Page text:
This is the first meal I've had where everything was locally grown. How cool is that. (Okay, the olive oil was from Turkey...)

Tracking the Tripod Blog Builder 

TerraLycos announced today that their Tripod Blog Builder has just won an award from PC Magazine for ease of use. Launched in February, the tool is part of a subscription package that Tripod and Angelfire users can purchase (4.95 to $19.95 per month); there is also a free version. Director of Product Management Brian Carr says "Blogging is not just for the political pundits and technical elite anymore...We've transitioned blogs from a technology tool to a lifestyle accessory, adding features most requested by our millions of members."
I just went to the site and checked it out...two of the blogs I selected as recently updated (Aug 14th) gave me File Not Found errors when I got to their pages. The third blog had one entry from July 2003. My quick impression was that Terra Lycos continues to offer great publishing tools, but that not everything being called a blog was a blog...on the other hand, I did see one (fairly new) blog that had the look and feel of a LiveJournal blog.
Will explore further.

Former AOL-er to pitch pineapples for Steve Case 

David Cole,Hawaii-raised ex-AOL executive who went on to create a model organic showfarm in Virginia and purchase Cascadian Farms, has just been hired by Maui Land & Pineapple Inc., an organic pineapple grower (guess where) whose majority shareholder is former AOL chairman and major Hawaii guy Steve Case. Maui Land owns approximately 28,600 acres of land and employs over 2,000 people on the Island of Maui in Hawaii. They also own a luxury resort and a major shopping center.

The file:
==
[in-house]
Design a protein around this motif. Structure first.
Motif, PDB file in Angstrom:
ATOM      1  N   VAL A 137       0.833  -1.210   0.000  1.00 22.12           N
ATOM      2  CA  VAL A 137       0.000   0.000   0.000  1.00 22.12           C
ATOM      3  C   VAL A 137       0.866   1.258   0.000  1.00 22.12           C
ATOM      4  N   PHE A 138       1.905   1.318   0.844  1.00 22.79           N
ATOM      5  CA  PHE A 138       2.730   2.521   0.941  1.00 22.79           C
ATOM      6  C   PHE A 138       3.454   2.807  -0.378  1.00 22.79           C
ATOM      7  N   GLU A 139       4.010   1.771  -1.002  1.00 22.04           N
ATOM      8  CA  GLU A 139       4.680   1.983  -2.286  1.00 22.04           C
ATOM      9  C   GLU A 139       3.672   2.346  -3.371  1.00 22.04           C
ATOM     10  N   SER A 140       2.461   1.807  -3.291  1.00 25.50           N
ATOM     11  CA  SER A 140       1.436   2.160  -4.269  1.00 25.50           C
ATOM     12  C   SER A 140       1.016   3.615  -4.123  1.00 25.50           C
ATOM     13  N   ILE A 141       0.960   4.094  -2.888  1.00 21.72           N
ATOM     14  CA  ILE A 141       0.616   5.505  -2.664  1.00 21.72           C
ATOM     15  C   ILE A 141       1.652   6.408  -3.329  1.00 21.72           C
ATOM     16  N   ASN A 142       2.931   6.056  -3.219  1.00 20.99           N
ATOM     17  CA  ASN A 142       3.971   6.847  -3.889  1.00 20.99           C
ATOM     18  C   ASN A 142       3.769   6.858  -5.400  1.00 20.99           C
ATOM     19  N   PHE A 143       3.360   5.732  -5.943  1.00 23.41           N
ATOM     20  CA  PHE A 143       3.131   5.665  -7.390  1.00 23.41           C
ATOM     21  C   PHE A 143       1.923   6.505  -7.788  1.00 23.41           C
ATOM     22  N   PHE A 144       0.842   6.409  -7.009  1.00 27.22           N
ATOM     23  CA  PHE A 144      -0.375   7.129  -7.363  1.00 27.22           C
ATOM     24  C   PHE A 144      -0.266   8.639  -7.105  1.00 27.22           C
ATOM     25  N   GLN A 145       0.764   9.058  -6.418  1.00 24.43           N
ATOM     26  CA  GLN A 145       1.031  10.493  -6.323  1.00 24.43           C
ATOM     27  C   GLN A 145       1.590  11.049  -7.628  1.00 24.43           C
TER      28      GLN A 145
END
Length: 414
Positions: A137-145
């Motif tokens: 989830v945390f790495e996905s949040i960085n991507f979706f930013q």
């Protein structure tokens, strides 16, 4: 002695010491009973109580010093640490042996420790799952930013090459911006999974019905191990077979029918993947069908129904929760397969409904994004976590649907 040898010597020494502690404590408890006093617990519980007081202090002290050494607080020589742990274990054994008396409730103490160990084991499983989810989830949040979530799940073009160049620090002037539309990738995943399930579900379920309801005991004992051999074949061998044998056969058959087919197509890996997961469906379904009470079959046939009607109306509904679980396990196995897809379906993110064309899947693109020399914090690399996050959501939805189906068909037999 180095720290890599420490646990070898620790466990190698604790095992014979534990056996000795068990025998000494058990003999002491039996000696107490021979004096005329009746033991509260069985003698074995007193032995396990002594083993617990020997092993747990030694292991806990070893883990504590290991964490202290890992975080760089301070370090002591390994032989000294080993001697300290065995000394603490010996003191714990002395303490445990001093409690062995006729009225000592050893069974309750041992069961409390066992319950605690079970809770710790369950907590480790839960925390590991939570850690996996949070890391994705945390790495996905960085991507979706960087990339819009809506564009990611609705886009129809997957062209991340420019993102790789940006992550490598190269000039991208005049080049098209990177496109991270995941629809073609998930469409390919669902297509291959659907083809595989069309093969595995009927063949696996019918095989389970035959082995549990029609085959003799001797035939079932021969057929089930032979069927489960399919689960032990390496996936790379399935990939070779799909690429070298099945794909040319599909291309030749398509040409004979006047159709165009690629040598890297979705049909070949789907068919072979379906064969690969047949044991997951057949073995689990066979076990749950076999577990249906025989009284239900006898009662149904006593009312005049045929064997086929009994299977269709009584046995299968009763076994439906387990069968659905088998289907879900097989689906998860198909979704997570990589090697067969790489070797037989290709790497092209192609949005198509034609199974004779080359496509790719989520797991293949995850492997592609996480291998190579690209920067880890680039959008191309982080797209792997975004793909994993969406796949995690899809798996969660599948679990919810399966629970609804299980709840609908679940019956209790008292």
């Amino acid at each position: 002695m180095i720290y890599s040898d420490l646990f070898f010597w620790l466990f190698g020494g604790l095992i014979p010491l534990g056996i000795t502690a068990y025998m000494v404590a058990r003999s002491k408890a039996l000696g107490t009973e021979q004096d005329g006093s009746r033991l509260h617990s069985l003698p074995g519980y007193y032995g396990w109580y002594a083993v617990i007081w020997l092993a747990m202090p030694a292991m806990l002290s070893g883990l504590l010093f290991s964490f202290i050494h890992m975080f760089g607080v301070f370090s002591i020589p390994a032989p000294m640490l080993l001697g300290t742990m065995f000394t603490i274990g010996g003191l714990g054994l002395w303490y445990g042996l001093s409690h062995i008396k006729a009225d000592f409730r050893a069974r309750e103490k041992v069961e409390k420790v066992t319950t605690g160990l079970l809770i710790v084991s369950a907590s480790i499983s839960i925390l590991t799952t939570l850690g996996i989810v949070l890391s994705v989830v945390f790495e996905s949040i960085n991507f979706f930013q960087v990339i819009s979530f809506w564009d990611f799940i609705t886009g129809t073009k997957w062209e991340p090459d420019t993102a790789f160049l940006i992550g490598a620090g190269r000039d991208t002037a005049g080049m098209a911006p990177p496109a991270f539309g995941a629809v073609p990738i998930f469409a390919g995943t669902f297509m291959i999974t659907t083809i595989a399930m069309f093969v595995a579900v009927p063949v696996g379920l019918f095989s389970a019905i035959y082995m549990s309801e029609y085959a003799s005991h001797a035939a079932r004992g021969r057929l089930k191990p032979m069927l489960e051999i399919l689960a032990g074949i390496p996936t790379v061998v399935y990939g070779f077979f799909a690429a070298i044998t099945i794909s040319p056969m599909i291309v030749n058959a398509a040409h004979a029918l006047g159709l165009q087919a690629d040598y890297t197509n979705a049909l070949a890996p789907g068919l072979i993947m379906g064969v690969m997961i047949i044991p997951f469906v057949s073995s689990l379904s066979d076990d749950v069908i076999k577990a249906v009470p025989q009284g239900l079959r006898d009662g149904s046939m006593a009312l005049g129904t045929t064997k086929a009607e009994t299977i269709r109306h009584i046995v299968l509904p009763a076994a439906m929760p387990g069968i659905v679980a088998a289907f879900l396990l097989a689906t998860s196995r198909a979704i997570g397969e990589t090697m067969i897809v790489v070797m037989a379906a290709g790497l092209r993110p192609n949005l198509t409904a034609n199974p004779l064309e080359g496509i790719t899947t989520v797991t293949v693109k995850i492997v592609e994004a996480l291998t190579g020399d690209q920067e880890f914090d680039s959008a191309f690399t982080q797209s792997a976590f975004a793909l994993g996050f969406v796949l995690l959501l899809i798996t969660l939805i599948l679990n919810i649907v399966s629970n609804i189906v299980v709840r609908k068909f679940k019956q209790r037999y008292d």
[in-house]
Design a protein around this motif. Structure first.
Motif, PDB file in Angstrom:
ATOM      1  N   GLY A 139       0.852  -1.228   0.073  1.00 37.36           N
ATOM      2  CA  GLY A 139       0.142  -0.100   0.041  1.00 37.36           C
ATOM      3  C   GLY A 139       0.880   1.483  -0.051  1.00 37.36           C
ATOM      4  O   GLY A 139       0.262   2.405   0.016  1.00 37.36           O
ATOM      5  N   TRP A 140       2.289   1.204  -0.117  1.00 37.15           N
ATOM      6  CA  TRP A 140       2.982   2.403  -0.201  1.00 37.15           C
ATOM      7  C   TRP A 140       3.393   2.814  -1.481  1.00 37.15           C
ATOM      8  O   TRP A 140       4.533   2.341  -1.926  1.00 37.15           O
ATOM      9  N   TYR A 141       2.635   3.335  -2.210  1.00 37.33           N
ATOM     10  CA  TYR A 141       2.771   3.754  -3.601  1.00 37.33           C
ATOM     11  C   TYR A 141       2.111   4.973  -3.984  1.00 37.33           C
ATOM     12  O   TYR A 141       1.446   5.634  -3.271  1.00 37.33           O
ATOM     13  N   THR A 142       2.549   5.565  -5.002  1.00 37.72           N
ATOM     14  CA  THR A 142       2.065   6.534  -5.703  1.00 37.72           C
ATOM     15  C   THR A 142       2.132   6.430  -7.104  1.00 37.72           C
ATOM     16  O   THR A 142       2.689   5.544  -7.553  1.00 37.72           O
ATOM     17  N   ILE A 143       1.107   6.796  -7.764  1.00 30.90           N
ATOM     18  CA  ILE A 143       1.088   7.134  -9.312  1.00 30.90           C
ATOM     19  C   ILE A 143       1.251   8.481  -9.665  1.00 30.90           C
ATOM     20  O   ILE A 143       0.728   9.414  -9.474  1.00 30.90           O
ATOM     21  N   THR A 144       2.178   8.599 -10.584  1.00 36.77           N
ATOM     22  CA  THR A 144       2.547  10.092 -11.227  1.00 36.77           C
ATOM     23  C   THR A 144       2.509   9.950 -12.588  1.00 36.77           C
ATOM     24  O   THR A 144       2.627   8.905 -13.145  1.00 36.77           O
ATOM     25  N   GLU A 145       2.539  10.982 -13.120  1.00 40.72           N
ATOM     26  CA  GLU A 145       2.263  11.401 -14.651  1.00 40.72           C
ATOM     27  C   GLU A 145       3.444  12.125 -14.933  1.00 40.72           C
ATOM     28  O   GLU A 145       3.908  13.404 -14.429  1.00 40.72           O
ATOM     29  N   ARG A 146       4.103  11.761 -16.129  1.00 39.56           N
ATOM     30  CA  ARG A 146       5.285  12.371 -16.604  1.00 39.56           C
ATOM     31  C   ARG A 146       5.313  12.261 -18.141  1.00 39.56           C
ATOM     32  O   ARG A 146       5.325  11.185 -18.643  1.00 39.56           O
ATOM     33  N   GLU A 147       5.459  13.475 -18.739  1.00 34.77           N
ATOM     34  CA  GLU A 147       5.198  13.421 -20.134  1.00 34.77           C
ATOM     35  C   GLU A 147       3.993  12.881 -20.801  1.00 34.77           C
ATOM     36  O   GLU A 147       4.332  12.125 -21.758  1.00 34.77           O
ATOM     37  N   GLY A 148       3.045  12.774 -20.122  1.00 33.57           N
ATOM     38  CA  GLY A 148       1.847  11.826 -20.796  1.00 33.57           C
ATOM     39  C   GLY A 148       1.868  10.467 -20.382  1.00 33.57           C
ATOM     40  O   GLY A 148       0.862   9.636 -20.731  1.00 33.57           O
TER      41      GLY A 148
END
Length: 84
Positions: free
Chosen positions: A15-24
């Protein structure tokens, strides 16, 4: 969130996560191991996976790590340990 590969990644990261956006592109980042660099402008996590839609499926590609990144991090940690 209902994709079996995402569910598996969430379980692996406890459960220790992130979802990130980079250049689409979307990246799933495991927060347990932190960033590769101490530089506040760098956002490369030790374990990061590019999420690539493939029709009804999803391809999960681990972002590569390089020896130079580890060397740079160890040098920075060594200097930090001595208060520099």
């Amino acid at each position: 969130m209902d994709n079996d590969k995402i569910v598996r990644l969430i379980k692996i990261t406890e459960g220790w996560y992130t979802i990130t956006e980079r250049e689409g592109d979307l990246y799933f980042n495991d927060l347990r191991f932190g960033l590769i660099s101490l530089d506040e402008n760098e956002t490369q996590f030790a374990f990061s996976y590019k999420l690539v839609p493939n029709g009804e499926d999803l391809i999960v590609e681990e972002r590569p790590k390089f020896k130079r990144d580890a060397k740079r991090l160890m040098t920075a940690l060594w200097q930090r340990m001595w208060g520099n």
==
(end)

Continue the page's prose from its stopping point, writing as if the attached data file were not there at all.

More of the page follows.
I was going to make fun of Cole about this, but I'm going to restrain myself. I'm actually jealous--not only because the guy has beaucoup dollars from his stock options--unlike some of us ex-AOlers--but because doing sustainable agriculture seems like a fabulous endeavor, He's apparently been quite successful in his earlier projects, and Hawaii is a great place to live if you can find something to do there and don't mind being on the other side of the plant from New York and DC. So no sniggering this least for a moment.


Missy Elliott rules--and she won the MTV VIdeo Music Awards, too 

Ever since that moment when I heard a baby's cry mixed into an Aliyah single (Are you that someone?and had to find out who created that sound, I've been a fan of Missy Elliott and her producing partner, Timbaland. Well, girlfriend got 8 MTV Video Music award nominations, and last night won Best Video for Work It--which she played a huge role in directing and creating.

More fun pictures here.

Louise Gluck named US Poet Laureate 

Poet Louise Gluck was just named poet laureate of the US. A student of Stanley Kunitz, the 60-year old Gluck gave several readings for the Academy of American Poets when I worked there as a 20 year old aspiring writer, back in the day and on the heels of Kathy Norris. Like James Wright, another of my favorite poets, Gluck's work--and her persona--had an undercover of sadness that always impressed me but also gave me pause.


Fish bones walked the waves off Hatteras.
And there were other signs
That Death wooed us, by water, wooed us
By land: among the pines
An uncurled cottonmouth that rolled on moss
Reared in the polluted air.
Birth, not death, is the hard loss.